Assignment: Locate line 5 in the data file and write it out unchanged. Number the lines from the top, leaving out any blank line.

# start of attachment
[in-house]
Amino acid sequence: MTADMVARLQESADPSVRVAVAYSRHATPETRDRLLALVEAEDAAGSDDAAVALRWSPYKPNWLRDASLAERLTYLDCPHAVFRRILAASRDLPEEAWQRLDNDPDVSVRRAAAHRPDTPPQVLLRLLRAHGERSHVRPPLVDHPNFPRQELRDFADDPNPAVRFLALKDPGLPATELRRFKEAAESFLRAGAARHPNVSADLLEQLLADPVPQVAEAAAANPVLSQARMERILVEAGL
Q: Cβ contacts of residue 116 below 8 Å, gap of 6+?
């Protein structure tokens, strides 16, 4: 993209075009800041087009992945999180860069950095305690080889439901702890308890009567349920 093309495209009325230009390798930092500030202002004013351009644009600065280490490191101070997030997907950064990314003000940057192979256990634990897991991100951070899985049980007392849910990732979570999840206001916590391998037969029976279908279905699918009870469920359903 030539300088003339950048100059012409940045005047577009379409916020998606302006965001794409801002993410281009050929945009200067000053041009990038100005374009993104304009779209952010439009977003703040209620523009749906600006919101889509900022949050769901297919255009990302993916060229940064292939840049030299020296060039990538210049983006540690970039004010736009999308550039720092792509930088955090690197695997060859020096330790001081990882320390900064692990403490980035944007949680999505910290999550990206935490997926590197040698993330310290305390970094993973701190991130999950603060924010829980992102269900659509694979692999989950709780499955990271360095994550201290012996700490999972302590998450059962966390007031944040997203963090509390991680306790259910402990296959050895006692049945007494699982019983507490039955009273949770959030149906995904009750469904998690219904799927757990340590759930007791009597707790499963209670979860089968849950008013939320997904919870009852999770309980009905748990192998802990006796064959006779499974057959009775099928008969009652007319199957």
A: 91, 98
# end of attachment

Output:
A: 91, 98